Science and Tech


Scientists Find Invisible Space Shield Protecting Earth

An invisible barrier is keeping dangerous super fast electrons from interfering with our atmosphere, but scientists aren't entirely sure how.
Posted at 10:06 AM, Nov 27, 2014

On this Thanksgiving, an invisible shield protecting the earth from dangerous super fast electrons might not be too high on your list of things to be thankful for, but maybe it should be. (Video via NASA)

Scientists found this barrier through NASA probes in the Van Allen radiation belts, which range from about 620 miles to 37,000 miles above the earth's surface. (Video via NASA)

Dr. Nicky Fox of Johns Hopkins University explains, "The radiation belts are two donut-shaped regions that encircle the earth. They're home to very intense radiation, both electrons and protons. And when these particles get very energized they can cause problems for satellites and astronauts."

The scientists who looked at the NASA probe's findings described a barrier that keeps the highest energy particles, electrons in particular, out in the further region of the belts. "The presence of such a clear, persistent and seemingly impenetrable barrier to inward transport of ultrarelativistic electrons at this very specific location presents a substantial puzzle."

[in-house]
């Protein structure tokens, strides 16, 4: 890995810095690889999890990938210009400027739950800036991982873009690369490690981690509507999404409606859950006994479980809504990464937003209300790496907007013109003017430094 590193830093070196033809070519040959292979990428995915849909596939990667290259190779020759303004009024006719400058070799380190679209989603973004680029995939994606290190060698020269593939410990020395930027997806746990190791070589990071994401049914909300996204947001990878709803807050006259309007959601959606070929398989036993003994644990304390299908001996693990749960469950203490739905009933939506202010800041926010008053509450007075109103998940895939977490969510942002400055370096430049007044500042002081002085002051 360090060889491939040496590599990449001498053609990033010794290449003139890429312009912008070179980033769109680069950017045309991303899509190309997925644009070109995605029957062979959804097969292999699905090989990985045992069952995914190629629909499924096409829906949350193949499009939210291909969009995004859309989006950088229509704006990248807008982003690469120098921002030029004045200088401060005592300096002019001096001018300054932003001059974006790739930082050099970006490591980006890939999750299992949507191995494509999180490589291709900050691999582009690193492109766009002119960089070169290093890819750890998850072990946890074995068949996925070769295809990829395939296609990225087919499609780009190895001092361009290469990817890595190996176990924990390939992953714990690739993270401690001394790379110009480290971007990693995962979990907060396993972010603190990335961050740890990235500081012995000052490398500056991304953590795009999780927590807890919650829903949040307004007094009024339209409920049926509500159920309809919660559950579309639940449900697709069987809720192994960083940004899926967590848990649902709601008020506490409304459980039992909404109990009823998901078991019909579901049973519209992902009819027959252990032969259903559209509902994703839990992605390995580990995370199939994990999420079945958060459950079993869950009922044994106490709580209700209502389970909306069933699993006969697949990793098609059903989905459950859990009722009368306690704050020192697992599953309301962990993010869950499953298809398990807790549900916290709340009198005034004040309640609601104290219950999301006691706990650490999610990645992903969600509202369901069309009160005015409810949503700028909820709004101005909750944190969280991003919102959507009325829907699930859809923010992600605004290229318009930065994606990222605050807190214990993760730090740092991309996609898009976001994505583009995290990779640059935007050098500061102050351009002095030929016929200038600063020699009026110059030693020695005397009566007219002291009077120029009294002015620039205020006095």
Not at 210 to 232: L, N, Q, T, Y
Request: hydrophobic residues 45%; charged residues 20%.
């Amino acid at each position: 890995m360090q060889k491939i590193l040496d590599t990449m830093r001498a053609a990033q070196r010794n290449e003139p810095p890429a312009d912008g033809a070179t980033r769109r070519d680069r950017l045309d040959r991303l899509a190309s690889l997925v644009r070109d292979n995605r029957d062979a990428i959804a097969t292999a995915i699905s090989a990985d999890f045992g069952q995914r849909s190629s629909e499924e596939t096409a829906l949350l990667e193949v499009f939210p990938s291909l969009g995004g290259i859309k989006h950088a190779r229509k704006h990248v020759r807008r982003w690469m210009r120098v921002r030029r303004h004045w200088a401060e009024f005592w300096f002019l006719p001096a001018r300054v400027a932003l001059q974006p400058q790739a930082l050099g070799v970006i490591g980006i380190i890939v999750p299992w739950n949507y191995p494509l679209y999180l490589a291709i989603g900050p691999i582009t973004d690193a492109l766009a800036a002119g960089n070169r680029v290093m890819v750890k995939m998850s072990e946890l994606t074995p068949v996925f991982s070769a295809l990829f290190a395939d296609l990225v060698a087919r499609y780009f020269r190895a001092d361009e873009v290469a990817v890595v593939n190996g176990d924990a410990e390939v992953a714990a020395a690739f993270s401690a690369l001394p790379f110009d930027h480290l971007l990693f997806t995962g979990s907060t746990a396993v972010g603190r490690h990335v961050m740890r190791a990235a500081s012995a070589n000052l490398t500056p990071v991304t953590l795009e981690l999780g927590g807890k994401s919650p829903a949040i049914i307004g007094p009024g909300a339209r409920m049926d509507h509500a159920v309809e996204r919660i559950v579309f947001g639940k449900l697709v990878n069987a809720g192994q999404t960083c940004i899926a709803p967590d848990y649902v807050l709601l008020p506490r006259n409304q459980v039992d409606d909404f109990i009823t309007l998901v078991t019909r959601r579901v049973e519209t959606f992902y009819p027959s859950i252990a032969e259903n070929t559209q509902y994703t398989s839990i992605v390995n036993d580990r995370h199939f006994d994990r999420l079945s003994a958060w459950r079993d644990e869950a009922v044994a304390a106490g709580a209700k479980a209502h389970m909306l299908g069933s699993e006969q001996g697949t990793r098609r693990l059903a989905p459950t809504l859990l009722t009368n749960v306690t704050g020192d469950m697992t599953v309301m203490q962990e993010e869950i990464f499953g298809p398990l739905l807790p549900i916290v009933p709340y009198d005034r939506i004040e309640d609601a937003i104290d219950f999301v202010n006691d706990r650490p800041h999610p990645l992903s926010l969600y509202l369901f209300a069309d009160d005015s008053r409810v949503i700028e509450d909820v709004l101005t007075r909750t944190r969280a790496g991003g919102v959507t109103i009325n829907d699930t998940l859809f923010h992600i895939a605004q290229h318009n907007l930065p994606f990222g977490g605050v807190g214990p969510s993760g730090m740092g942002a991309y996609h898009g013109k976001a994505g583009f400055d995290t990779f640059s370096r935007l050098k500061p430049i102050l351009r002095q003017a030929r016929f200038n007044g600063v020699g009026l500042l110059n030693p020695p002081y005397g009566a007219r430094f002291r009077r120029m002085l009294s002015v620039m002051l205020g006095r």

So the scientists say their findings weaken previous theories — which held that the decline of high-energy or ultrarelativistic electrons was gradual, and caused by the earth's magnetic field. (Video via NASA)

Instead, researchers think the explanation is probably a little more gassy. 

As the Los Angeles Times explains, "the researchers think it could have to do with electrically charged cold gas in a zone called the plasmasphere, which starts around 600 miles above the Earth and stretches thousands of miles into the outer, electron-dominated zone in the Van Allen belt."

If this all seems a little overwhelming to you, don't worry. You're not alone. 

"Not sure what all of that means, but I'm glad it's there," said KWGN's Tom Green.

So if you plan on watching a little Thanksgiving football via satellite, now at least you know what to thank — an invisible barrier of electrically charged gas hovering some 600 miles above the earth's surface.